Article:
Head, Heart & Hands: Distortion of the Hands

“Head, Heart and Hands” Cover

Ever found the “hands” dimension of one’s faith or the faith of the larger Body of Christ distorted?* How does God draw us back to a balanced faith expression of

  • head
  • heart
  • hands?

 

Distortions

  • The overemphasis of the hands
    • The sin of self-sufficiency, i.e., What I need I have within. God’s participation through and with me are not necessary.
      • Reliance upon our own hands can easily take us away from the reality of God’s grace being the source of our salvation.
      • Forgetting Jesus entirely, perhaps even denying the relevance of God’s grace and our need for personal salvation.
      • Thanking God for His assistance in my work.
        • Worse case scenario: the Christian narcissist.
        • Self indulgence with a view only of my actions, my beliefs, my thoughts, my emotions, and my feelings.
    • What works (i.e., pragmatism) isn’t what is true or pure in God’s eyes?
    • Proclamation that is inconsistent with the Spirit of Christ and the message of the Gospel – an “in your face approach.”
      • Dennis Hollinger offers an alternative model.  Evangelism should be approached as one beggar who knows where to get food is telling other beggars – we are ALL beggars. What do you think about this perspective, particularly in your campus context?
  • Neglect of the hands
    • Hollinger notes that Christians are comfortable with the notion that “distorted thinking leads to distorted living.”  What do you think of the opposite statement in which “distorted living leads to distorted thinking?”
    • Not being actively involved in “proclamation” stunts the spiritual growth of a believer as he or she never sees the transformation of a broken life possible through Jesus Christ.
    • Our simple inability to offer the act of forgiveness can isolate us from God’s forgiveness and grace.
      • We are instructed in the Lord’s prayer to ask for forgiveness as we forgive others.
      • In Matthew 18:21-35 we are warned to forgive others through the story of the wicked servant, who, though forgiven by his master of his great debt, refused to forgive his fellow servant of a small debt.
    • By not meeting the real needs of real people in the real places God has put us, our faith becomes disembodied.  Our faith, at best, is one of the head.  Lack of action also leads to an uninvolved heart, a cold heart.  The label hypocrite results.

Principles for Healthy Hands

  • Knowledge and action go . . . “hand in hand.”
    • Colossians 1:9-10:We continually ask God to fill you with the knowledge of his will through all the wisdom and understanding that the Spirit gives, so that you may live a life worthy of the Lord and please him in every way: bearing fruit in every good work, growing in the knowledge of God . . .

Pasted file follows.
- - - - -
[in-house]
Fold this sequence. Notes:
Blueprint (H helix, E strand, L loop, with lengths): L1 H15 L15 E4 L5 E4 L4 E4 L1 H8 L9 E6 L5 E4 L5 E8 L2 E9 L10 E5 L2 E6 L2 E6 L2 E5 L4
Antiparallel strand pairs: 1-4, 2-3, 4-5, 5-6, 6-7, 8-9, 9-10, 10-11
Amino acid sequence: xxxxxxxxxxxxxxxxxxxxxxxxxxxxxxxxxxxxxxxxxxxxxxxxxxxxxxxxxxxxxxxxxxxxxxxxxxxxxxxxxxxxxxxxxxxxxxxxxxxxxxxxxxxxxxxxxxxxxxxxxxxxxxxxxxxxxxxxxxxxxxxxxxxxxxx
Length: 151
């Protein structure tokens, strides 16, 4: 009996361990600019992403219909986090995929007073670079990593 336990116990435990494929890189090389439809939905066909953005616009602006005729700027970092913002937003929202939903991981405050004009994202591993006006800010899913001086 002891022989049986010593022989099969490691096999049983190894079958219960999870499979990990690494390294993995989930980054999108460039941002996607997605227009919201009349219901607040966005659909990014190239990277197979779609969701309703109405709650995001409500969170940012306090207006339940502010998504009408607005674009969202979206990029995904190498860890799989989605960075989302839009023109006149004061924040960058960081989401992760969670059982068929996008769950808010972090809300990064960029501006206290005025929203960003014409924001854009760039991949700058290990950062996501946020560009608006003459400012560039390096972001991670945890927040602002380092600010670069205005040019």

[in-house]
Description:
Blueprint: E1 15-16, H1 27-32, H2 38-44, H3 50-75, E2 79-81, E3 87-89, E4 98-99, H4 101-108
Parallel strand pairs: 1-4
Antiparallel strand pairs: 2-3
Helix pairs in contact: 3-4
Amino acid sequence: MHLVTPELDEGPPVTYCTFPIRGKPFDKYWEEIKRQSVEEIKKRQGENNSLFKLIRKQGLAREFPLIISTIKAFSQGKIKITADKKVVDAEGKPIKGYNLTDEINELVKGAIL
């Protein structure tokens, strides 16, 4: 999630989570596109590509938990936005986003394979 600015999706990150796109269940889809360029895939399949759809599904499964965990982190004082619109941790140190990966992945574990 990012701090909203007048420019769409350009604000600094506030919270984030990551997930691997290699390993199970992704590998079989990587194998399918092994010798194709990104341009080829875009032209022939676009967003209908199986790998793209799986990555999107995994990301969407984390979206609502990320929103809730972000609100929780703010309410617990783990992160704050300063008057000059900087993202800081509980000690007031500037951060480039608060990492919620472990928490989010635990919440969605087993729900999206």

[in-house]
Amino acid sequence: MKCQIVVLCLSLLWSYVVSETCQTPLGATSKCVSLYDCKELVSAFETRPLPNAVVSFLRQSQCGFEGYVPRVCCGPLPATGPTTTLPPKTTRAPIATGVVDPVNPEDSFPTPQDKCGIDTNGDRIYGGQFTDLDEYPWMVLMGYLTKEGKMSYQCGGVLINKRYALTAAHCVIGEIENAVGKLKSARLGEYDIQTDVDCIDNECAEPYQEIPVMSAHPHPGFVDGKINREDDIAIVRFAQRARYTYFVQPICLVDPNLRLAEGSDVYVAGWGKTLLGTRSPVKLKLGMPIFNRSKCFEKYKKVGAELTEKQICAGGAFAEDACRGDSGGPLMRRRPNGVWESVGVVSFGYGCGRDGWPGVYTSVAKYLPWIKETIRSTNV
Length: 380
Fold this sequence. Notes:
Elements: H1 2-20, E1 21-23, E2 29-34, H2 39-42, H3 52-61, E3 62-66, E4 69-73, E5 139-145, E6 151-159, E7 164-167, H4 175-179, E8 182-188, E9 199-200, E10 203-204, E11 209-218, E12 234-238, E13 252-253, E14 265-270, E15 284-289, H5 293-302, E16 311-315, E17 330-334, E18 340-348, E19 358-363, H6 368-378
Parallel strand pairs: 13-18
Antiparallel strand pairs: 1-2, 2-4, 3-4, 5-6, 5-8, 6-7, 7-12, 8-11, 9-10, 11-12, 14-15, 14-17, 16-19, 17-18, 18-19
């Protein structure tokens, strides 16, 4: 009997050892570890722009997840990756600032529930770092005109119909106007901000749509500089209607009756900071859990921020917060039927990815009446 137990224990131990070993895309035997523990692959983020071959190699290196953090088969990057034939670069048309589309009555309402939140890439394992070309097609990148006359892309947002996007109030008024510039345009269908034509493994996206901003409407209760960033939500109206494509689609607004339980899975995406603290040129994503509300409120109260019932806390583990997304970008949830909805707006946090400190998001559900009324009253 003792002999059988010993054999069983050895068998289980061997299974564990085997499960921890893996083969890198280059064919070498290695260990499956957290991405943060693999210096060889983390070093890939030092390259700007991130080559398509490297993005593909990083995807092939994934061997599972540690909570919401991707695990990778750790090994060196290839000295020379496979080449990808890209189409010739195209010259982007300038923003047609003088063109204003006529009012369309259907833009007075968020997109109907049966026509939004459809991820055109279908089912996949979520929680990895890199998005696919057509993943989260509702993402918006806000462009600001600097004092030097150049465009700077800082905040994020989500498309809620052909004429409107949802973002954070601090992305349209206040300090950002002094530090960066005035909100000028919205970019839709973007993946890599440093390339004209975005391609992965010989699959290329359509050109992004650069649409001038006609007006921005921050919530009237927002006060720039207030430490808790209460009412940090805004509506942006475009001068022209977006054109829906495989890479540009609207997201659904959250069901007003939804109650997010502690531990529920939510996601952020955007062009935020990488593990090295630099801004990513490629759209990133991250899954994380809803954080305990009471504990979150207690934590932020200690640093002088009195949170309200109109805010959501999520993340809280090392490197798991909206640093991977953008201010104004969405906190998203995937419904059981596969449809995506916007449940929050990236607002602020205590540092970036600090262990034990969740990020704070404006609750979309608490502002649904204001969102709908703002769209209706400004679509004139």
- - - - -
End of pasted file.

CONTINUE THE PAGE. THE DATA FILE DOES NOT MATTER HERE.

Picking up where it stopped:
• Seeking before God to be in the “right place at the right time.”
    • We tend to meander through life without seeking God’s guidance.
    • We are encouraged to seek opportunities for presence and proclamation.
    • With regards to engaging the world through our words and deeds, how do you feel about the isolation individuals in the Amish community who name Jesus as their Lord?  How about those who have belonged to contemplative orders of the Church?
  • Action based on a reflection of the love of Christ (a healthy Heart), consistent with a mature understanding of Scripture (a healthy Head) and tested with our fellow believers in fellowship and prayer.  It may not be perfect but our intentions are redeemed.

Next in series: Head, Heart and Hands Together: Pandita Ramabai

*Drawn from an adult elective based upon Dennis Hollinger‘s “Head, Heart & Hands: Bringing Together Christian Thought, Passion and Action” (InterVarsity Press, 2005). Kevin Milligan facilitated the class at Elizabethtown Brethren in Christ Church. Note: See the first post in the series for more on the genesis of this study guide as part of a local Emerging Scholars Network partnership (South Central Scholars Network PA FB and Christian Scholar Series).

Tom came across the ‘Head-Heart-Hands’ graphic at Gateway Christian Church, http://www.gatewayontheweb.org/index.php?p=1_28. As one of his colleagues shared with him via email, “It rocks.” Amen.

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Tom Grosh IV

Enjoys daily conversations regarding living out the Biblical Story with his wife Theresa, four girls, around the block, at Elizabethtown Brethren in Christ Church (where he hosts the Christian Scholar Series), on campus as part of InterVarsity Graduate & Faculty Ministry (serving fellowships such as the Christian Medical Society/CMDA at Penn State College of Medicine), online as the Associate Director of the Emerging Scholars Network, in the culture at large, and in God's creation.

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